Reese Witherspoon plays a grieving mom. Colin Firth plays a private investigator hired by the defense team. Captain Pike himself, Bruce Greenwood, plays the trial judge. That guy you've seen in dozens of things plays a cop. Mostly everyone seems kind of bored.

Here's the thing: there's not a lot of drama. No big courtroom revelations. The real-life events this movie was based on did not have a satisfactory conclusion; hence, neither did the movie.

The Boxtrolls

[4.5 stars] [IMDb Link] [Amazon Link]

A little stop-motion animation gem.

Set in the fantasy town of Cheesebridge, which has an interesting social structure: the cheese-obsessed humans live aboveground, and everything is run by the "white hats". At night, the Boxtrolls emerge from their underground lair while the humans cower in their homes.

But one fateful night, seemingly, the Boxtrolls do something unusual: the infant Trubshaw is abducted, daddy Trubshaw disappears. The town exterminator, red-hatted Archibald Snatcher, bullies the mayor, Lord Portley-Rind, into authorizing an extermination campaign against the underground monsters; in exchange, Snatcher will be granted a white hat and allowed entry into the exclusive cheese-tasting room in the Portley-Rind mansion.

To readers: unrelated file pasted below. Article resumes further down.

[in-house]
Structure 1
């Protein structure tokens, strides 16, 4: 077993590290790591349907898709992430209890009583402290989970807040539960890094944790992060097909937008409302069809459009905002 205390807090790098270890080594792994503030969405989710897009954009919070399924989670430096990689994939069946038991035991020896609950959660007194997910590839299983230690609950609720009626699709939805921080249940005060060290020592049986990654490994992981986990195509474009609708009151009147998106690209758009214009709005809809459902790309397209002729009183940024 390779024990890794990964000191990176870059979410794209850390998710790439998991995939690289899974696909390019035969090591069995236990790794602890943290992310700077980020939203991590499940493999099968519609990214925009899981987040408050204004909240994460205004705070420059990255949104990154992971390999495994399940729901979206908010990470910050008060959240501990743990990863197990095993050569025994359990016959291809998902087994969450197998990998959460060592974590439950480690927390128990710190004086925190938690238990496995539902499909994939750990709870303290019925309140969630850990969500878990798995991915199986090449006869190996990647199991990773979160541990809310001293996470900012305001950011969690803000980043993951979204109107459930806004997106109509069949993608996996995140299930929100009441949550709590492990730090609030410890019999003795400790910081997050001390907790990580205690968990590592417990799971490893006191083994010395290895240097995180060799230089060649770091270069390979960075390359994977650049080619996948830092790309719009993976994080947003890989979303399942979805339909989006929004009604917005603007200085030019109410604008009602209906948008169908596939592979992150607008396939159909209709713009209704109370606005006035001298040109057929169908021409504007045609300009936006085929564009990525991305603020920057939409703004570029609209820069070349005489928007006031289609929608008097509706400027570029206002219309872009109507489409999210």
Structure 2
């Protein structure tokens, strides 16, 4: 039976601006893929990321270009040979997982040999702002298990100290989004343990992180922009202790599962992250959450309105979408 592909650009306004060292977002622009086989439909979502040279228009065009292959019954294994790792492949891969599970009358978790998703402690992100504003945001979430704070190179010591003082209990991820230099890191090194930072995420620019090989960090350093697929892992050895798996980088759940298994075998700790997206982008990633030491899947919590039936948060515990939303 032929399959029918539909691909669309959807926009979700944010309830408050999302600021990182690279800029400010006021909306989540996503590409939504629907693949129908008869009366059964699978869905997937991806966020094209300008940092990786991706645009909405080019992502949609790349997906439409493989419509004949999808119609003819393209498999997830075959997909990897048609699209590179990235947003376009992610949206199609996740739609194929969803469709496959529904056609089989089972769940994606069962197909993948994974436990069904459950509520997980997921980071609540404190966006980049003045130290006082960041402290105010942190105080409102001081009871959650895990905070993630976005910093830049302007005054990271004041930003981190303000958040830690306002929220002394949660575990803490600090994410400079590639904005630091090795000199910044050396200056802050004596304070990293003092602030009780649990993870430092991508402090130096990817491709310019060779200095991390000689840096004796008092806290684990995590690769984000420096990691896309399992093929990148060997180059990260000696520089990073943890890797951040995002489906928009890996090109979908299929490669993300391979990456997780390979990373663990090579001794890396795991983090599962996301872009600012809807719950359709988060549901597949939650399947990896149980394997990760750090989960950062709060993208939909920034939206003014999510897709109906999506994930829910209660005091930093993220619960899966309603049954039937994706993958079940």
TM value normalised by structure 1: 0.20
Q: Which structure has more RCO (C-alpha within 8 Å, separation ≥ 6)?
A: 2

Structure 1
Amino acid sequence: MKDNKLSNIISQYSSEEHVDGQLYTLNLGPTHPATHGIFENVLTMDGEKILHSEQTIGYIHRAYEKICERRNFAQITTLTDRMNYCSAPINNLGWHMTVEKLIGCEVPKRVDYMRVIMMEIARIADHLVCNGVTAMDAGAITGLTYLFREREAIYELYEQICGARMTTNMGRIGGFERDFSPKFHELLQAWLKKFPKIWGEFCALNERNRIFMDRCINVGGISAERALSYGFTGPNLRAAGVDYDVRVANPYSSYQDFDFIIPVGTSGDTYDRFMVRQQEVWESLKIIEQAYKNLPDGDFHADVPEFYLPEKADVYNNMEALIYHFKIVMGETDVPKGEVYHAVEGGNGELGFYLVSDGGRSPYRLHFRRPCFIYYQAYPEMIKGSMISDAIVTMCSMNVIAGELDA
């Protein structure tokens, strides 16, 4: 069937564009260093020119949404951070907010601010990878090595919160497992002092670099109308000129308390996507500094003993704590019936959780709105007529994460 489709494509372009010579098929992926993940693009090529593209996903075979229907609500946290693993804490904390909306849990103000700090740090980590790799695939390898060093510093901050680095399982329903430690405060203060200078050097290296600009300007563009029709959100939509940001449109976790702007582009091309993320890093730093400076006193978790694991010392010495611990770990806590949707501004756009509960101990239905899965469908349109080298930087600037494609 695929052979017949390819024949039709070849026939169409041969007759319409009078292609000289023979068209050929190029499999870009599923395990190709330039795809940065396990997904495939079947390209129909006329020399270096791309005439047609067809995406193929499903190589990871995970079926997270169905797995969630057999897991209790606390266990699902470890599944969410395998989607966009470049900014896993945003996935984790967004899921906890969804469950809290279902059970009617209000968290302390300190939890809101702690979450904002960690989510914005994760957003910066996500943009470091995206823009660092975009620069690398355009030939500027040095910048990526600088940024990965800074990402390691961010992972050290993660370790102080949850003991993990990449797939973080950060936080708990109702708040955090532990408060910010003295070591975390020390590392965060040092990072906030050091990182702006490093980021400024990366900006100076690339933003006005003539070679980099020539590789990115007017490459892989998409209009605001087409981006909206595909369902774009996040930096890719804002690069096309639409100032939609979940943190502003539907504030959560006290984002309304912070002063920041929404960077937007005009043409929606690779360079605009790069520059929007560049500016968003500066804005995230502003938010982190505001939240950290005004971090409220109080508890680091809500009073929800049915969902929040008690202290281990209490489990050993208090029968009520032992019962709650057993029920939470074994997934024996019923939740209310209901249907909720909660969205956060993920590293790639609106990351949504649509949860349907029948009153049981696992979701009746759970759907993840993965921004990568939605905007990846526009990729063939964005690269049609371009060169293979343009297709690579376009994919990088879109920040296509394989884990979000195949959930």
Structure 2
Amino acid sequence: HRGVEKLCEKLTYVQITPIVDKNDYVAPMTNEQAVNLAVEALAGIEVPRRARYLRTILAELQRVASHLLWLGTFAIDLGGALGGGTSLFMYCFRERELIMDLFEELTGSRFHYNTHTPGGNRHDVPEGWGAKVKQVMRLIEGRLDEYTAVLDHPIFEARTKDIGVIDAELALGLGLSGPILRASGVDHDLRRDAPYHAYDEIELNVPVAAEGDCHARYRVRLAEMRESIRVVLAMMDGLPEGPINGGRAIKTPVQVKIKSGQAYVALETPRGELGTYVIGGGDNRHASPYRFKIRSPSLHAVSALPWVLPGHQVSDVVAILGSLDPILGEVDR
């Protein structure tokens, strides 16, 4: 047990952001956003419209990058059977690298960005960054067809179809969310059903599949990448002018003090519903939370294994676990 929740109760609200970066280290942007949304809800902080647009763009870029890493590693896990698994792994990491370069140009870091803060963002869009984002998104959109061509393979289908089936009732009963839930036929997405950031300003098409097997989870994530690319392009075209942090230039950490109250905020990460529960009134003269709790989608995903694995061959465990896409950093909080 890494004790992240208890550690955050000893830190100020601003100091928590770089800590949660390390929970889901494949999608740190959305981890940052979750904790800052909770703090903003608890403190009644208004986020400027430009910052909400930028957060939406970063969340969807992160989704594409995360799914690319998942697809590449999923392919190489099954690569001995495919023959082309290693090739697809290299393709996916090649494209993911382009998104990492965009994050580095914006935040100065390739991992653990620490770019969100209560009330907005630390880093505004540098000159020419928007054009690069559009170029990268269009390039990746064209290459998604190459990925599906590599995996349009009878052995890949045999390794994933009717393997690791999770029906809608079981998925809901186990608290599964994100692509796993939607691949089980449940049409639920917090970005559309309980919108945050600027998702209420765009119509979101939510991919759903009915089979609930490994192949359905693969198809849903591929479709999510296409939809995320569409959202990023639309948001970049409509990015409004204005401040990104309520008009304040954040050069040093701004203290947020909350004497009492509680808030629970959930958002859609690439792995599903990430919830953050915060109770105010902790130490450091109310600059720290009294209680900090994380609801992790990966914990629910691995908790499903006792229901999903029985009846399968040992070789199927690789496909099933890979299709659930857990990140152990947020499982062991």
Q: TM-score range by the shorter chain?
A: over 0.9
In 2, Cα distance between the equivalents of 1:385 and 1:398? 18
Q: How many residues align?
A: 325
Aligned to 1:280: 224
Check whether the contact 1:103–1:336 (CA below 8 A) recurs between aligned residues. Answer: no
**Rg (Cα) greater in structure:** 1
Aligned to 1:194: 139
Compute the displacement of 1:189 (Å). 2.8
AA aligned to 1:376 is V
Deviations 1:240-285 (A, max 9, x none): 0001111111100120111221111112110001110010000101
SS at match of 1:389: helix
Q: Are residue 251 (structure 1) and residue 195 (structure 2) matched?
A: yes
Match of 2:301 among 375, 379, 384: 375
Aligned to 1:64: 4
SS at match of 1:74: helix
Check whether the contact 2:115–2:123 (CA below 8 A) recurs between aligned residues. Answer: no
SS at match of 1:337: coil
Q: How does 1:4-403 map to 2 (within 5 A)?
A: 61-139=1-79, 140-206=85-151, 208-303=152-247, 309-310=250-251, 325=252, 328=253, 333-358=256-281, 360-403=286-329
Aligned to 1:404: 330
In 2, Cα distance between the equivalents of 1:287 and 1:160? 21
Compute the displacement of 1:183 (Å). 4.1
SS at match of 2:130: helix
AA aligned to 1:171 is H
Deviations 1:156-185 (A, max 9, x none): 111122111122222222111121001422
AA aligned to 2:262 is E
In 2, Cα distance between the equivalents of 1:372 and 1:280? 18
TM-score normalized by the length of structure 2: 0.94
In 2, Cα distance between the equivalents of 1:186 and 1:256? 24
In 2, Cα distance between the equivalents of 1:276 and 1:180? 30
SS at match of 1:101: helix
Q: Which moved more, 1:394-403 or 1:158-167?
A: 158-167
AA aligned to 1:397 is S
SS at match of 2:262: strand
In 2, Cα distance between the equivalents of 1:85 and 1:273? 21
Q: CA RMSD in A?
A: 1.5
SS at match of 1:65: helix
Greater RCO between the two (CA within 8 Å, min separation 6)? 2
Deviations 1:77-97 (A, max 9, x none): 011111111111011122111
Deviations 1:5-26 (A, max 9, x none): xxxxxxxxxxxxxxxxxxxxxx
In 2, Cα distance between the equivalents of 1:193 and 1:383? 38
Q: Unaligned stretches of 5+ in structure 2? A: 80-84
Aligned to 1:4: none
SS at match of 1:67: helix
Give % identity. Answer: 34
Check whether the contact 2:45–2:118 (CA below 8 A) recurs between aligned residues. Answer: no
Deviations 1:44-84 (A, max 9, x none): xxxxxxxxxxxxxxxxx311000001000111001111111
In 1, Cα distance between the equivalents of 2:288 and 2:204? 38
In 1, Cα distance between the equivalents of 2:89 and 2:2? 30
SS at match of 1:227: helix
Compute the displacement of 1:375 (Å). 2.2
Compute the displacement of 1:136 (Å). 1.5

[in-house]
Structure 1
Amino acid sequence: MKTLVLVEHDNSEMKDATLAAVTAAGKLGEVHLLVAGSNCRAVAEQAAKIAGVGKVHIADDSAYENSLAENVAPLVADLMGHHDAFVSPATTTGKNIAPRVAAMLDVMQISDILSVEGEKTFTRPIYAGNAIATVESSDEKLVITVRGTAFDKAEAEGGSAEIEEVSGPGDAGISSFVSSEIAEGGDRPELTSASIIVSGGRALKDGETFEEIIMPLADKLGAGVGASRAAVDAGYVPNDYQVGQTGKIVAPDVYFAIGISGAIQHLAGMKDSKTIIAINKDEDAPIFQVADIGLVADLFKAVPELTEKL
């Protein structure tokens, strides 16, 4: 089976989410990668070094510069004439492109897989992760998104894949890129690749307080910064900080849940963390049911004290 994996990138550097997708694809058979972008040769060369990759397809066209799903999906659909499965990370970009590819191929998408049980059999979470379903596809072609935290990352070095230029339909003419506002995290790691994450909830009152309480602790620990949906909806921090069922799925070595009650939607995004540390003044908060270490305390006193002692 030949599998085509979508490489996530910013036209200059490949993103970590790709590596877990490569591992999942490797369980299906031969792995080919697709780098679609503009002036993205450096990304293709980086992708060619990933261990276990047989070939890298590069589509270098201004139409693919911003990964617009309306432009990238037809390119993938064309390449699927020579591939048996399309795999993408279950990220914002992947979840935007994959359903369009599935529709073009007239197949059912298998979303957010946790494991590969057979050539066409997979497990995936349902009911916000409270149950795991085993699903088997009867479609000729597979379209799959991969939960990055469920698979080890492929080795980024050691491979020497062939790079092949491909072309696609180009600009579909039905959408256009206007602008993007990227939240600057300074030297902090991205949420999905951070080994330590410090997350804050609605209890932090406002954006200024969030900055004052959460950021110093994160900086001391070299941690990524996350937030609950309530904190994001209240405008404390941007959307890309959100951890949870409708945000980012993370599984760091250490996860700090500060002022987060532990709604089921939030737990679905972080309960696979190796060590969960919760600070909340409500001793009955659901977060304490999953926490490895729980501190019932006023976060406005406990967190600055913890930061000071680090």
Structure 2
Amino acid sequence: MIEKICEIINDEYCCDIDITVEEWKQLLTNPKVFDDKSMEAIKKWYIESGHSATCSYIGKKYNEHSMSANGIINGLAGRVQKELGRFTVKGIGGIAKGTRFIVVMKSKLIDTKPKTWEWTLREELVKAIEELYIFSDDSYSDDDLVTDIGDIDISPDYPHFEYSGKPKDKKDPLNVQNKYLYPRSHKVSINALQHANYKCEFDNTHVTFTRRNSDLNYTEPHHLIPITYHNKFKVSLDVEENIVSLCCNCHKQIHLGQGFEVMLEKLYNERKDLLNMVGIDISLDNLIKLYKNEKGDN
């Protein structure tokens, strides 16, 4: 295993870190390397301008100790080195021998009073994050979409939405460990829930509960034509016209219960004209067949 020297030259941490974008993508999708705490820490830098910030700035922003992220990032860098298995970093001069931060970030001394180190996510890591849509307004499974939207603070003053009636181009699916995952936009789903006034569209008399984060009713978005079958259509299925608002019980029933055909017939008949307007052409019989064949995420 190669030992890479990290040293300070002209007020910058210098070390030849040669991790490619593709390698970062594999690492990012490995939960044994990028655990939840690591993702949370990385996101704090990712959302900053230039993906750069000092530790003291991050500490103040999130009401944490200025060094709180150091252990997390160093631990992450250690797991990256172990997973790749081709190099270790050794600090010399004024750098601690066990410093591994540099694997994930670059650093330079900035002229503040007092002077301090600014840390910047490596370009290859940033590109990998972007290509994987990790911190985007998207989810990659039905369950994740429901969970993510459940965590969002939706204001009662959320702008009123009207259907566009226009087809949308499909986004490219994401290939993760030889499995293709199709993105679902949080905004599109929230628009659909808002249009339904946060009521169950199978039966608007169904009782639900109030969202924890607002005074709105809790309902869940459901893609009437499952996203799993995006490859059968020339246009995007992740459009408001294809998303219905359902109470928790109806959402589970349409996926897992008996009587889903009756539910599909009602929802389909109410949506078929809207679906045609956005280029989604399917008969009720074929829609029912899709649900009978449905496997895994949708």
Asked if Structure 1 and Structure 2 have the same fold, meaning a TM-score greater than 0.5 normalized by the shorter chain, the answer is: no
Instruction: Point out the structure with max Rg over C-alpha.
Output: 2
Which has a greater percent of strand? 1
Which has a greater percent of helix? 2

As it turns out, the Boxtrolls are ugly, but they're so ugly they're cute (as typical with movies like these). And they have a certain amount of engineering wizardry, stealing junk from Cheesebridge at night, transforming their underground digs into a Rube Goldbergian paradise.

And their abduction of the Trubshaw babe is also a bad rap. They adopt him as one of their own, and eventually he grows up to (slight spoiler here) save the day against the evil Snatcher, with the help of Lord Portley-Rind's slightly-spoiled daughter Winnie.